Facts - not - conclusions are the basis of a good case. Be prepared to answer the questions of who, what, when, where, and why. Saying that an employer is unfair or that an employee does poor work is a conclusion. Prepare facts that prove the point you wish to make, and present evidence and witnesses that will verify the facts reported at the hearing.

Prepare to prove your point of view on the issues under appeal, not on issues unrelated to the appeal. Some people incorrectly think that unemployment insurance is based on financial need. If you only argue that you need the money, or that you wish to protect an employer's tax rate, you are not prepared to address the issues on appeal.

Accommodations

Persons with a disability may request a reasonable accommodation. If you need an accommodation to participate, contact the Appeals Unit when you receive the Notice of Hearing so necessary arrangements can be made before the scheduled hearing date.

Hearings are conducted in English. If your English is limited, or if you are reading this information on behalf of a person whose knowledge of English is limited, contact the Appeals Unit immediately to request an interpreter for the appeal hearing. The Appeals Unit can arrange to have an interpreter or other forms of assistance available for the hearing. There is no charge for these services.

Attorney or Other Representative

Most parties at the hearing represent themselves. The Administrative Law Judge (ALJ) will explain the hearing process, question the parties or witnesses, and help you ask questions if needed. You have the right to be represented by any person at your own expense. The person does not need to be a lawyer.

If you choose to hire a representative, contact your representative immediately to give that person time to prepare for the hearing. It is your responsibility to notify your representative of the time of the hearing and to pay any fees charged to you. (Non- Attorneys representing claimants may NOT bill for their services without the ALJ's prior approval of their fees).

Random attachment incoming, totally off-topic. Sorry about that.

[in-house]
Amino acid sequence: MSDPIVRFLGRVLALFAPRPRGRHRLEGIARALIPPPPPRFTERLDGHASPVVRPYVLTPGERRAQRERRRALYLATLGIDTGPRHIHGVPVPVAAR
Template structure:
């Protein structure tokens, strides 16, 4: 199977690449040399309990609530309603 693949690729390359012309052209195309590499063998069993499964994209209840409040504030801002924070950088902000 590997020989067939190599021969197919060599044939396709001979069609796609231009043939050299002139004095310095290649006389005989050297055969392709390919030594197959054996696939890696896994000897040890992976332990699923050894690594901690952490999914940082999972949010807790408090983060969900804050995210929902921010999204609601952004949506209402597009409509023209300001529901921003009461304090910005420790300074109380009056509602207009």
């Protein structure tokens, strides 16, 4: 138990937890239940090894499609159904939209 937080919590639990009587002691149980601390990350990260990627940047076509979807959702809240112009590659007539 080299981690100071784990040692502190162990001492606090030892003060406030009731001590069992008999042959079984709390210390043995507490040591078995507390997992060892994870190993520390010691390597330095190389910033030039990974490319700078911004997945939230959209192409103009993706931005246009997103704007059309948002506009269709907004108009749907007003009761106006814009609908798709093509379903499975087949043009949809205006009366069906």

Witnesses and Subpoenas

You should arrange for any witnesses who support your case to testify at the scheduled hearing. Eyewitnesses are best. The Administrative Law Judge (ALJ) will decide which witnesses will be allowed to testify. Witnesses may be excluded from the telephone hearing until they are called to testify.

Contact any witnesses right away to arrange for them to participate in the hearing by telephone. If they are not available to participate, you may be able to reschedule the hearing. If the witnesses must participate by telephone at another location, have those phone numbers available for the ALJ.

If an essential witness refuses to participate in the hearing or will not provide essential documents, they may be ordered or subpoenaed. A subpoena is a paper that orders the person to participate in the hearing or provide records. You must ask the ALJ to issue a subpoena at least three days prior to the day of the hearing. You must provide the mailing address of the person you want to subpoena. If a fax number is available, provide that also. Have this information when you call the Appeals Unit.